Tuesday, November 29, 2011

Musical Interlude: Gordon Lightfoot

As I mentioned awhile back when I wrote about Neil Young's Harvest album, 70s folk music is one formerly popular genre that has not experienced a revival. Go to any used record store and they'll practically be giving away countless discs of Dan Fogelberg, Jim Croce, and Nicolette Larson. I have to admit that I have a soft spot in my heart for this genre since my parents listened to it when I was a wee lad. (My earliest memories have a John Denver soundtrack.) Much of this stuff is worth forgetting, but a lot of it still holds up, in my opinion. I didn't really care for him for a long time, but in the past five years or so I've really taken a shine to Gordon Lightfoot.

I picked up a compilation CD of his on a whim soon after I moved to west Michigan after grad school. My first semester was tough, since it brought the end of a long relationship, 70 hour weeks of intense course preparation, and lots of lonely nights before I started to make some friends. I would take lots of long walks around my neighborhood, often listening to "If You Could Read My Mind," which seemed to fit my mood of feeling lost and lonesome quite well.

Of course, living in Michigan I would make sure each November to give "The Wreck of the Edmund Fitzgerald" a spin. The doomed ship song is a venerable genre in folk music, and ole Gord may have penned the last one to hit the upper reaches of the charts. The Edmund Fitzgerald itself sank in 1975, and I think that its demise and this song have such power in Michigan because the disaster coincided with the economic disaster that is still causing so much misery in that state. When I hear this song I don't just lament the sailors who perished, but a state I learned to love fiercely in my short time there, a state that has suffered much too much.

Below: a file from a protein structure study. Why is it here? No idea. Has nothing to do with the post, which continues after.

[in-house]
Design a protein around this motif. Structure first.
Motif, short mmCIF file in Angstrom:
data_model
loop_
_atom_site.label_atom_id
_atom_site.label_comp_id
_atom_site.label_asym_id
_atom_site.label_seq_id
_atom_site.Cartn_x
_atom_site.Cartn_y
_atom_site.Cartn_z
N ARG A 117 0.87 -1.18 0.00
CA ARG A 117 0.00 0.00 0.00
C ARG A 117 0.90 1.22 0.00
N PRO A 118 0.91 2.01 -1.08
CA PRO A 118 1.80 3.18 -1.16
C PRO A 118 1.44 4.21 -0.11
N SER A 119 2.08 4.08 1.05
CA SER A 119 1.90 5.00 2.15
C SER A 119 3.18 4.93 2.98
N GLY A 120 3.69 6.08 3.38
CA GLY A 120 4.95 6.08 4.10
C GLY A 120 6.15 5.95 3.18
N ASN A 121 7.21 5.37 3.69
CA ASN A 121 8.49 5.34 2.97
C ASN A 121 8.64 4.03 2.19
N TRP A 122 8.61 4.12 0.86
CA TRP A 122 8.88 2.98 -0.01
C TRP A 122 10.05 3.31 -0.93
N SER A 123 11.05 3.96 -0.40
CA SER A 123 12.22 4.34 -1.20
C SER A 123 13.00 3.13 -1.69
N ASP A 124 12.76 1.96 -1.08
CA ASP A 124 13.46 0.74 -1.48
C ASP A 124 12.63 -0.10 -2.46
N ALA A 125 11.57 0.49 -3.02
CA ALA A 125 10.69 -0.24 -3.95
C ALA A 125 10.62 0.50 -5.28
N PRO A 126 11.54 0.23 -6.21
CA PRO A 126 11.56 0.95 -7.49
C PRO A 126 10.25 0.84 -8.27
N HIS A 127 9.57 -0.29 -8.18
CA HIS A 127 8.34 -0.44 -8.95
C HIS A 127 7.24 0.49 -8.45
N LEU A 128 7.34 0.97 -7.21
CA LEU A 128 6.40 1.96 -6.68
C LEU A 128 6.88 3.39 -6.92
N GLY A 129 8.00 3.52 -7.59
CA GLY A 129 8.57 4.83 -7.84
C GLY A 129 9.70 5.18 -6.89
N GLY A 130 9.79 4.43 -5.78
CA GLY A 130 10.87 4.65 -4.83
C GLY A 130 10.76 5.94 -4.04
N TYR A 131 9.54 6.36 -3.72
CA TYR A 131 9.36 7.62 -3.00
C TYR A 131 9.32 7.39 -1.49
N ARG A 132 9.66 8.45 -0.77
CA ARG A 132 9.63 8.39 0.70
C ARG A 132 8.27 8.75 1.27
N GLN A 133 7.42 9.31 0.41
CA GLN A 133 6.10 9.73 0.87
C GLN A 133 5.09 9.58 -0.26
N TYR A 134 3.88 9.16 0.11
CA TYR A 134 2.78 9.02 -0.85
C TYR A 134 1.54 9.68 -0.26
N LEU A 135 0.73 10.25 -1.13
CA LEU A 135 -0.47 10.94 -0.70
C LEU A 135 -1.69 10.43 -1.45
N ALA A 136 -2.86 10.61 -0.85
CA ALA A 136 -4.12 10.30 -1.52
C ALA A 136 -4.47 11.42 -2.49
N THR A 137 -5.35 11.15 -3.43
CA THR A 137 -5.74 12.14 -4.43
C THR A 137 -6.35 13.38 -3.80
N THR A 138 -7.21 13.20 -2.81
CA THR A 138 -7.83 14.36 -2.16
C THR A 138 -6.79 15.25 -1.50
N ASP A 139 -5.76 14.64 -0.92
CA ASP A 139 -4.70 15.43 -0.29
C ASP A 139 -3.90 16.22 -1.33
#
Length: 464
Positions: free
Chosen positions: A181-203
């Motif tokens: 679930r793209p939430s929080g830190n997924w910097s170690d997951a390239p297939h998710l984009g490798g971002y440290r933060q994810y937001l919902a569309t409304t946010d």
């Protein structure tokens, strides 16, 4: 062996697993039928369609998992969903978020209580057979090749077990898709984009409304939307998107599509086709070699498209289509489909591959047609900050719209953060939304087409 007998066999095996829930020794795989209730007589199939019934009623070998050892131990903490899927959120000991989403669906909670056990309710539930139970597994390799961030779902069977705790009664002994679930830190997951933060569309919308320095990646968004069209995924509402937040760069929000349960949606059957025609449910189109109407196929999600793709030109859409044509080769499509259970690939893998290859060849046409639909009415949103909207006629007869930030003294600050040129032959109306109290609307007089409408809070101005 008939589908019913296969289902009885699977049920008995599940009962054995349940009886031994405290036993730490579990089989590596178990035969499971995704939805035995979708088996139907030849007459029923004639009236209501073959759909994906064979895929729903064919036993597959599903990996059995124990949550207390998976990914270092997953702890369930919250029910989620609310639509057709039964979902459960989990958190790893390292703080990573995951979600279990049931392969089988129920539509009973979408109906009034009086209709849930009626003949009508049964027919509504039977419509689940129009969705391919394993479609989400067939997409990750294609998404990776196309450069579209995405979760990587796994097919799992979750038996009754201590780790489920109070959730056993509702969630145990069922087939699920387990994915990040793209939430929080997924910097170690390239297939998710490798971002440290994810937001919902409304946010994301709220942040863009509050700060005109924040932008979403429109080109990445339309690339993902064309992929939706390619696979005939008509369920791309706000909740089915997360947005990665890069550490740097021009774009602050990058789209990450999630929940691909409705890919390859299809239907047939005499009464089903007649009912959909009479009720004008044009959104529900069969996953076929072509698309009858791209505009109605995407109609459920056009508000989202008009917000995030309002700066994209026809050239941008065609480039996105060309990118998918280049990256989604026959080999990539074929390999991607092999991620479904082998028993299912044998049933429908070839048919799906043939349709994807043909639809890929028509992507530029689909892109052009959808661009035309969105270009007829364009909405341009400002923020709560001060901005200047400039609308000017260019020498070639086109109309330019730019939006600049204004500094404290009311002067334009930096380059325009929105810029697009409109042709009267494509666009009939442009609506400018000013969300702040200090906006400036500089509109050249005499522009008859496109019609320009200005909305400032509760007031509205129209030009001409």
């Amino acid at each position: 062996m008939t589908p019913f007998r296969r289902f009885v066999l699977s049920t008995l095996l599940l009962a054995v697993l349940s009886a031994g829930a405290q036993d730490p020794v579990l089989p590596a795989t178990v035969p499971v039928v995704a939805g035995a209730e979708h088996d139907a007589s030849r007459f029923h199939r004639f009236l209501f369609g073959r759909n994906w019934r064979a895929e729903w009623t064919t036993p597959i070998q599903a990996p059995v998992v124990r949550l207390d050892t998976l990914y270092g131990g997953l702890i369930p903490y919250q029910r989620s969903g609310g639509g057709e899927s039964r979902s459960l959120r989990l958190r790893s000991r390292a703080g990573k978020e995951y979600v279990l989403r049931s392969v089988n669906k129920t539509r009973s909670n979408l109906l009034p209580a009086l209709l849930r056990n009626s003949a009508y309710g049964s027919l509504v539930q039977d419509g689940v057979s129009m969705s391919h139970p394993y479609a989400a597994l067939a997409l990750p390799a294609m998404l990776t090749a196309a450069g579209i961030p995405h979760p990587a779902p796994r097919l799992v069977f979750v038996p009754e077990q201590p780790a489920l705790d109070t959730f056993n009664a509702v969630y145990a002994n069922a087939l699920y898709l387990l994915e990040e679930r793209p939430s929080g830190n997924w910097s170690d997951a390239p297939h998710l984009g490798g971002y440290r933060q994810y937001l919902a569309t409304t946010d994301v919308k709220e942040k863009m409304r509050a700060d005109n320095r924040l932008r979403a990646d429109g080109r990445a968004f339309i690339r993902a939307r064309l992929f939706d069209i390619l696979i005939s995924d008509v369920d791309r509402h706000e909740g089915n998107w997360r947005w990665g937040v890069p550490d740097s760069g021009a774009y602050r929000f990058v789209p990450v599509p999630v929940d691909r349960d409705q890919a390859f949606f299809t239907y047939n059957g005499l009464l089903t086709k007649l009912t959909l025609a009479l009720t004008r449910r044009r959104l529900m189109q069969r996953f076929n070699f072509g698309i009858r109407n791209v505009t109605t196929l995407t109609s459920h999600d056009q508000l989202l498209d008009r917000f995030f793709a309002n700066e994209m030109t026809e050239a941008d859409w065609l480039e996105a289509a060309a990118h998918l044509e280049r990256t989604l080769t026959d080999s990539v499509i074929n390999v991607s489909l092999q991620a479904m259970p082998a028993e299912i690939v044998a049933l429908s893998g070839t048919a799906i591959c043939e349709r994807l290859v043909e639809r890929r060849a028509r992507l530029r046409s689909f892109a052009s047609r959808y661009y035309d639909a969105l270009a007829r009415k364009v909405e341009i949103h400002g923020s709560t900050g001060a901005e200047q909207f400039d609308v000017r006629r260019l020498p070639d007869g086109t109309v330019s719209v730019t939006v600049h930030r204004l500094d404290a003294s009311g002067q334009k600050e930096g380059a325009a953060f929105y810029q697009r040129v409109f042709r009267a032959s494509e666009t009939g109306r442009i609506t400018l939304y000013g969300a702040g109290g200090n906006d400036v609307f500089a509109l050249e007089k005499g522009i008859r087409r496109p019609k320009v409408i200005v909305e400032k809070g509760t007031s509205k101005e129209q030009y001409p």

On a lighter note, Lightfoot could get beyond traditional folk song themes and song structures. One thing I love about a lot of 70s pop music is that it's got groove. "Sundown"'s skanky, funky vibe is the perfect bed for Gord's tale of infidelity. A drummer laying back on the beat, funky bass, and song about a cheating lady in "faded jeans" equals seventies top 40 bliss.

I'm cheating a bit because "Canadian Railway Trilogy" comes from 1967, but I have an unabashed love of this song because I love trains and songs about trains. Taking a train from Newark to New York City each day has convinced me that it's the ideal way to travel. I also must admit that I have long held a great affection for Canada and have enjoyed visiting there on multiple occasions. This song, about the Canada Pacific Railway, was written for Canada's centennial in 1967, and is a good example of why I find Canadian nationalism less odious than its American variety. After all, the middle section of the song is a rumination on the human cost of building the railroad and the negative effects it had on the underpaid workers who made it possible. Americans are always loathe to admit the downside of their triumphs.

And just for fun, one of my favorite SCTV bits ever, which has some fun at the expense of Gord's distinctive voice.

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